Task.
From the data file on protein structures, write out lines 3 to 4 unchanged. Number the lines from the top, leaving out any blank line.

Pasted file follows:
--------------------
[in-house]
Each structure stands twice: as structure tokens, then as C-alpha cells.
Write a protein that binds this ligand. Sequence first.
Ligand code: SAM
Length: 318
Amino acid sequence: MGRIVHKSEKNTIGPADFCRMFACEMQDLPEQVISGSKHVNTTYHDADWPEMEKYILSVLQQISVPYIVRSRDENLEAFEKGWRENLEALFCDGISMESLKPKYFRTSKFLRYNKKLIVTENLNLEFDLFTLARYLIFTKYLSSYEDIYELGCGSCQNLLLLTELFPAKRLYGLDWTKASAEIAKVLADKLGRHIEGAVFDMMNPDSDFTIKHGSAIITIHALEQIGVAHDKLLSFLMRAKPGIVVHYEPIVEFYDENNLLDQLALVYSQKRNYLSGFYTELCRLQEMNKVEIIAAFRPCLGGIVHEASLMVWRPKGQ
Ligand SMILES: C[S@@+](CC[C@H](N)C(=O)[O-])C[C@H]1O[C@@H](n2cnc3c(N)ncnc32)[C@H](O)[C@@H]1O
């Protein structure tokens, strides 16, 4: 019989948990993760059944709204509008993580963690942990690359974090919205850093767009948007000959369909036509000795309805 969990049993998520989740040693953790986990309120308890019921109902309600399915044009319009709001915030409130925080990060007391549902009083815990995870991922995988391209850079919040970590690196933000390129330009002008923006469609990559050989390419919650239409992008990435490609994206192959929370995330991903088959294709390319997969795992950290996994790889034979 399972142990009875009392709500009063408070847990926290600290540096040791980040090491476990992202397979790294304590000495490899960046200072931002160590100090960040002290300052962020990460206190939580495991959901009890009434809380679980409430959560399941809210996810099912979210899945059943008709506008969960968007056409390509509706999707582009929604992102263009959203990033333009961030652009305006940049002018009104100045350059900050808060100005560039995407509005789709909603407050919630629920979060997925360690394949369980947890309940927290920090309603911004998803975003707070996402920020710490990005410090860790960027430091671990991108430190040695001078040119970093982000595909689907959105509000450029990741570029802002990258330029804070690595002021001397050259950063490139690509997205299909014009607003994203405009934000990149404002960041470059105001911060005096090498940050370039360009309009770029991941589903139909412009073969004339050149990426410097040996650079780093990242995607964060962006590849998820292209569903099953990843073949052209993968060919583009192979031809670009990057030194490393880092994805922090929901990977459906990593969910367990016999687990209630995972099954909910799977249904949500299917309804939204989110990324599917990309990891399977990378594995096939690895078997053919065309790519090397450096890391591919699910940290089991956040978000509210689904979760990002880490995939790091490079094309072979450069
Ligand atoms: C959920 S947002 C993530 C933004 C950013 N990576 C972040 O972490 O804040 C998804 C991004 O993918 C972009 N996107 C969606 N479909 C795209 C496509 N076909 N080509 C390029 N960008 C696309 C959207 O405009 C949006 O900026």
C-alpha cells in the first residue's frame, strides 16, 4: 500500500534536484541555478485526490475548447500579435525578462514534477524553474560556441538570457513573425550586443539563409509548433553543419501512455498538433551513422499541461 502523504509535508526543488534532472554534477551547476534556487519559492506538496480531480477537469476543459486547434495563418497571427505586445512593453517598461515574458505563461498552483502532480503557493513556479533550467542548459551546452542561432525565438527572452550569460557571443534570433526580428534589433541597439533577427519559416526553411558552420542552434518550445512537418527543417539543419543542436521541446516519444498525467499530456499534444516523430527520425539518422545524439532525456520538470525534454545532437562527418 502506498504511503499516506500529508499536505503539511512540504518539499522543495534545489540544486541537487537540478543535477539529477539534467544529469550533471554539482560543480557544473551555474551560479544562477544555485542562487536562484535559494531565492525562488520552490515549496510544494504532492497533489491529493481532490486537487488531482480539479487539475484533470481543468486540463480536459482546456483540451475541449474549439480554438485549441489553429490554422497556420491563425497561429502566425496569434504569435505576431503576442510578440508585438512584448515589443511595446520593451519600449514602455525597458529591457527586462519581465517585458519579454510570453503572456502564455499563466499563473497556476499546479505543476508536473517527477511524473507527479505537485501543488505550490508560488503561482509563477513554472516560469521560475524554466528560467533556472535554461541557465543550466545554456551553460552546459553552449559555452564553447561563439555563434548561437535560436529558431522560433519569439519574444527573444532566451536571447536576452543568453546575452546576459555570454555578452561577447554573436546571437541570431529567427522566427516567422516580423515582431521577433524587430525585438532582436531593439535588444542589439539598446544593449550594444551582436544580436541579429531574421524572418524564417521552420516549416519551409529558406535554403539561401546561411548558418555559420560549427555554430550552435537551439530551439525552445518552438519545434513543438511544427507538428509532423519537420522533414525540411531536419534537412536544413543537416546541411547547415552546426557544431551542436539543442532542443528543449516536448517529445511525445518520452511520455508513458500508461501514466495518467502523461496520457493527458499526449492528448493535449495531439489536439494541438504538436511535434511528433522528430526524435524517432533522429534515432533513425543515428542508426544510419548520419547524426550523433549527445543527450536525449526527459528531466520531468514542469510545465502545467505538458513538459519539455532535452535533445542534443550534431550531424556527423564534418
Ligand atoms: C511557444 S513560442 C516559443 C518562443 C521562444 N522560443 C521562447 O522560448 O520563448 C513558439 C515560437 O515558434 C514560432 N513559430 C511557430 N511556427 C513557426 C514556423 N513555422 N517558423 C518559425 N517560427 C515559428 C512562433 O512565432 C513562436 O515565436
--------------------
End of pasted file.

Write a protein that binds this ligand. Sequence first.
Ligand code: SAM